It’s fitting that Yo La Tengo, embarking on their 27th year of playing together, opens their newest album, Fade, with this chorus: “But nothing ever stays the same…so say good night to me and lose no more time resisting the flow.” For a band that has been around for almost three decades and was a vital part of indie rock’s explosion in the early and mid-90s, Yo La Tengo knows a little something about change, carving out a longevity nearly unheard of in the indie rock scene, and this experience and wisdom serves them well on Fade. I’ll spare you the entire details of the band’s history—it would be longer than this review—and attempt to sum up where Fade fits in the group’s discography in a sentence or two. Lacking some of the distortion and noise of the band’s major records in the 90s like Painful (1993) and Electr-o-pura (1995), Fade is more subdued, relying more electronics and keyboards to fashion its emotional appeal than raucous bravado. In this manner, Fade pairs well with the band’s last full-length release, Popular Songs (2009), and one of their most loved albums, I Can Hear the Heart Beating as One (1997). Equal parts dreary and hopeful, sad and happy, and quiet and loud, Fade matches its January release date, born of the winter, yet pointing to the spring.
Fade opens with the luscious “Ohm,” and its layered guitars and vocals coupled with its guitar-squealing bridge make “Ohm” an immediate standout track and the closest thing to Yo La Tengo’s earliest work on the album. The only other song that comes close to the noise of “Ohm” is “Paddle Forward,” a dreamy, power-pop rocker with Beatles-esque melodies that hearkens back to the sound of early indie rock. Other than these two songs, the band contents itself with a number of mid-tempo and slower tracks that avoid becoming stale and boring due to Yo La Tengo’s ability to craft engaging choruses and the album’s wonderful production. Everything sounds warm and inviting on Fade, whether the random strings that interrupt “Is That Enough,” Ira Kaplan’s whispered vocals on “Stupid Things,” or the measured brass on the album’s closing track “Before We Run.” The slow pace of Fade allows its beauty to sink in, each song offering distinctive sonic pleasures from the others. Throughout these tracks, Kaplan traces impressionistic pictures with his lyrics, touching on themes of change, everyday beauty, and relationships.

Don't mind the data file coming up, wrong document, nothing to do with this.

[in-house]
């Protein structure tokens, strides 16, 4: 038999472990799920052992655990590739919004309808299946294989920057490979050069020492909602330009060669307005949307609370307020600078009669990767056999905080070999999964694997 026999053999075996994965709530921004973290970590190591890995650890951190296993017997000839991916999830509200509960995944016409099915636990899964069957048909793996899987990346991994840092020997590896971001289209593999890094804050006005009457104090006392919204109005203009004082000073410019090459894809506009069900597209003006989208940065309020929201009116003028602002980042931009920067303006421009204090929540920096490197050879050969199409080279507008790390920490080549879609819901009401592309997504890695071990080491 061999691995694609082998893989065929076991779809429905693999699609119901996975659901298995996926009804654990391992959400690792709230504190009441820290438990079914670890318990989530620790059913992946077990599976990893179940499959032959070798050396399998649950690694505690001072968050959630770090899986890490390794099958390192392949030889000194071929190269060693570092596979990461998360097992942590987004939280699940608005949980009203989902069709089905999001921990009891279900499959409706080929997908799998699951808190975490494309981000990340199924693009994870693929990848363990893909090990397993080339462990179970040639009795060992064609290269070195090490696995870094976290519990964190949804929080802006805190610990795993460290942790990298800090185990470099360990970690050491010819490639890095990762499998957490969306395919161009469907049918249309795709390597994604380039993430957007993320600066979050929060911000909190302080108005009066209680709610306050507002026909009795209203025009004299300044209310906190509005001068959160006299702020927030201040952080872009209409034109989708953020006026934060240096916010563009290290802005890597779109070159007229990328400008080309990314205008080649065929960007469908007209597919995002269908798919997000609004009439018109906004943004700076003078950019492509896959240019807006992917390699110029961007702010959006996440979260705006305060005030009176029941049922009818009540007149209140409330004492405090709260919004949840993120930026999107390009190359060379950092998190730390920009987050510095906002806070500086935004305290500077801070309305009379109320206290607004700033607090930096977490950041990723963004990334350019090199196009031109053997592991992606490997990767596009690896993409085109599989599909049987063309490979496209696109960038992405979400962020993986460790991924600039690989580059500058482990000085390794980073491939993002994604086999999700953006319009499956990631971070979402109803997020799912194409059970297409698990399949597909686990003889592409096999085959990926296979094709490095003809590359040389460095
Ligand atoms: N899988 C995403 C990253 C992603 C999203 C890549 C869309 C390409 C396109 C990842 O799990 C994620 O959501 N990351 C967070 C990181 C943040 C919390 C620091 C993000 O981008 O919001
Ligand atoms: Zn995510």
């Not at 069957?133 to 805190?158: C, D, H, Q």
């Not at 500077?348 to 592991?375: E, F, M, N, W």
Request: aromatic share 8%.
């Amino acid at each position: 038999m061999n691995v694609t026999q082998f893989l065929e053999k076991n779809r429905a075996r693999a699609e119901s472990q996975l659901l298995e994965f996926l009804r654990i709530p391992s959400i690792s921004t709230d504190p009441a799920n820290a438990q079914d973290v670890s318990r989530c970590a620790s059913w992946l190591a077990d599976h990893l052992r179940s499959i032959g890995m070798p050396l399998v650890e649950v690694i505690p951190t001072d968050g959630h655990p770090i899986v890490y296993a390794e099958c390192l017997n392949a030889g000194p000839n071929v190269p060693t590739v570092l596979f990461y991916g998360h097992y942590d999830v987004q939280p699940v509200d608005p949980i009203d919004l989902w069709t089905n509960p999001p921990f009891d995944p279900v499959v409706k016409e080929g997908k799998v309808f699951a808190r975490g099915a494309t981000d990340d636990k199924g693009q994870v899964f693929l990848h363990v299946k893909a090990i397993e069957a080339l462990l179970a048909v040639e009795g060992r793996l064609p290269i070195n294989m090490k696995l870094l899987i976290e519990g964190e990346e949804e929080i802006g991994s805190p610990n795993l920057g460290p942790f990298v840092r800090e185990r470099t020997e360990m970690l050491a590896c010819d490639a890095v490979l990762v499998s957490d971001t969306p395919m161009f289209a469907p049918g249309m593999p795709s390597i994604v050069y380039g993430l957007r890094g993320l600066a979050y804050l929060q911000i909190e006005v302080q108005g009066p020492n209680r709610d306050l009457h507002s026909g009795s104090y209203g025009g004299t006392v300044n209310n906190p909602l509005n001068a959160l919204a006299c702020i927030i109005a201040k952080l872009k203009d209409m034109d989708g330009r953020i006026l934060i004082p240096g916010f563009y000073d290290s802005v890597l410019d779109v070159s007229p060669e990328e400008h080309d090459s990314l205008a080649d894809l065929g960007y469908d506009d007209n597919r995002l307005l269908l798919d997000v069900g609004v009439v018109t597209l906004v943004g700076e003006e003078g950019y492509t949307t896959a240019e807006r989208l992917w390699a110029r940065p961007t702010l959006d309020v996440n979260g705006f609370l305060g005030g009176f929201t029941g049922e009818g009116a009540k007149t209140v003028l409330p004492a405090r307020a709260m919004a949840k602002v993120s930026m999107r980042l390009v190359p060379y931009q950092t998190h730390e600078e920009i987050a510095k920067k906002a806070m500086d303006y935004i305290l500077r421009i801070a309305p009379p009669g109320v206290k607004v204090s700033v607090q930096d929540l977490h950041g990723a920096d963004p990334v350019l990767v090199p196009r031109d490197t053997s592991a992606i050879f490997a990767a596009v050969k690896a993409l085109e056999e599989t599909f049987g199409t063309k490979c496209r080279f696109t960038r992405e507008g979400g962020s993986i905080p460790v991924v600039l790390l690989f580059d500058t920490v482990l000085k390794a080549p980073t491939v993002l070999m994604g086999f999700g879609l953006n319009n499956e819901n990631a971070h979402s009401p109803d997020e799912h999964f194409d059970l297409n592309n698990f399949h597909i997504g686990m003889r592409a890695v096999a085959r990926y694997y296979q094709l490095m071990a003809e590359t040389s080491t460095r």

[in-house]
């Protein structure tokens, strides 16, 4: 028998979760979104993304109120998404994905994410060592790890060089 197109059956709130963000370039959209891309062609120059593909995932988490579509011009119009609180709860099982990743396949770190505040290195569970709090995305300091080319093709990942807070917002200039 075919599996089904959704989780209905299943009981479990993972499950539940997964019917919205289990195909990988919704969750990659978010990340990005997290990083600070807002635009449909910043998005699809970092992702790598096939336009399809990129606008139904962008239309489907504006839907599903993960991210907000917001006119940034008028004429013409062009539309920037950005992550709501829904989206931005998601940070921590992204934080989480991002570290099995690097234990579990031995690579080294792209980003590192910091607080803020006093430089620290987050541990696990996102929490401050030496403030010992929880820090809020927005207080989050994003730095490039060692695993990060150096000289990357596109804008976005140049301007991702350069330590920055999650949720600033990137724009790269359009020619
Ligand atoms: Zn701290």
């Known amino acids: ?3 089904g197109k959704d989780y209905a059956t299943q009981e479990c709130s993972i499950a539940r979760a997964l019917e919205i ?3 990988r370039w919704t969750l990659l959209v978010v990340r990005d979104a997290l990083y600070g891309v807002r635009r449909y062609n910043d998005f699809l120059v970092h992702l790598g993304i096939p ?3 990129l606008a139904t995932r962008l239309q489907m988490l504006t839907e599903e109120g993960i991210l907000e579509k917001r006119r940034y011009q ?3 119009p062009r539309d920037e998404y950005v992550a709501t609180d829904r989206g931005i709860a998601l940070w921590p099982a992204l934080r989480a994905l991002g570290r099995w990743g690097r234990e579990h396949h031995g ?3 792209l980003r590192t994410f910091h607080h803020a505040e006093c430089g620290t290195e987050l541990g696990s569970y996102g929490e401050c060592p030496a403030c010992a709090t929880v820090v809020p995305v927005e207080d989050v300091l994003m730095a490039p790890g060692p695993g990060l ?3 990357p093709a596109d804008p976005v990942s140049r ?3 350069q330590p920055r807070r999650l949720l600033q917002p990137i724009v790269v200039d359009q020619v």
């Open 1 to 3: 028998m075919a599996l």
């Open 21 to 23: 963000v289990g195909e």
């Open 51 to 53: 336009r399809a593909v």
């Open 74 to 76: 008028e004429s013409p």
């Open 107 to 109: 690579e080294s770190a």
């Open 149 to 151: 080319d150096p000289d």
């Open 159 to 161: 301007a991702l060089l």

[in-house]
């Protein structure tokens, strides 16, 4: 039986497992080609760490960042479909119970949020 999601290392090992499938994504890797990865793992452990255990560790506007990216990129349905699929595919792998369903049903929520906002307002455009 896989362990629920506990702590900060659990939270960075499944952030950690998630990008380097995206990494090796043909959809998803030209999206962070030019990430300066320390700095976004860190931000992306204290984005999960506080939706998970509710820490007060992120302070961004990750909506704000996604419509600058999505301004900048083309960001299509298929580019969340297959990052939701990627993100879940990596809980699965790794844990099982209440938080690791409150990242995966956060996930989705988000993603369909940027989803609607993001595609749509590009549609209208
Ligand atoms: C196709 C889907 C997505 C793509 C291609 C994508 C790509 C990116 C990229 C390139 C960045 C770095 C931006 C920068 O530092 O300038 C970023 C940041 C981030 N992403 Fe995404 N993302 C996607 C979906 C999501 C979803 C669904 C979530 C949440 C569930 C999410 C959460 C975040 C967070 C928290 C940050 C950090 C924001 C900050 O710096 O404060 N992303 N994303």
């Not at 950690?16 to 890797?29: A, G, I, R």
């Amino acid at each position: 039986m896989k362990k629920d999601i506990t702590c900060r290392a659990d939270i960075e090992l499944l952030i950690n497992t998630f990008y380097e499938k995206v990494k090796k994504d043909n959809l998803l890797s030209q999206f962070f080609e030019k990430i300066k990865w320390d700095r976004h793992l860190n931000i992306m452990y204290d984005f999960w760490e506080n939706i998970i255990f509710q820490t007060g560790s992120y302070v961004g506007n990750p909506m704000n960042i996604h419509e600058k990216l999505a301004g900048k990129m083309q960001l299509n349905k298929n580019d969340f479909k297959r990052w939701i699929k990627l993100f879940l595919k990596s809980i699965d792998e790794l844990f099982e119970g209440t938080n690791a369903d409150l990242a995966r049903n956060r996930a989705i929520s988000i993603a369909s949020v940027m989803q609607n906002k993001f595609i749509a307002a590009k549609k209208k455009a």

In keeping with the album title, almost every song on Fade deals with loss or change in some manner, yet Kaplan’s lyrics strike a balance between optimism and pessimism, embracing some of life’s changes and losses as inevitable, while rejecting the attitude of defeat that can come with loss. Right at the album’s midpoint, “Stupid Things” best illustrates this tension present at the core of Fade: “Days just fade away, slide into grey. Every little thing just creeps up on you. A bumpy road happens every day and it takes my breath away.” As I see it, these three lines encapsulate Fade’s outlook on life: we can’t stop time’s march forward, but we can let life take our breath away, even if we find ourselves in less than ideal situations. Likewise, the album’s sublime closer “Before We Run” suggests that occasionally we need to push back against time’s demands to avoid becoming apathetic and jaded. By rejecting an attitude of despair, we can find a way to appreciate the present again: “Running away from the end, running away from the end, running away to stay…running away from there, running away from there, running until we’re there.” Perhaps, like the prodigal son, all our running only serves to bring us back home.
Fade’s lyrics provide plenty of moments for reflection, but its music steals the show. Warm and inviting, the lush production complements the dreamy soundscapes created by the band throughout the album. While a little softer and slower than previous Yo La Tengo efforts, Fade is nevertheless one of the best albums of January. So, put Fade on the stereo and curl up in front of a warm fire with a mug of hot chocolate; it’s a perfect antidote to the winter chill.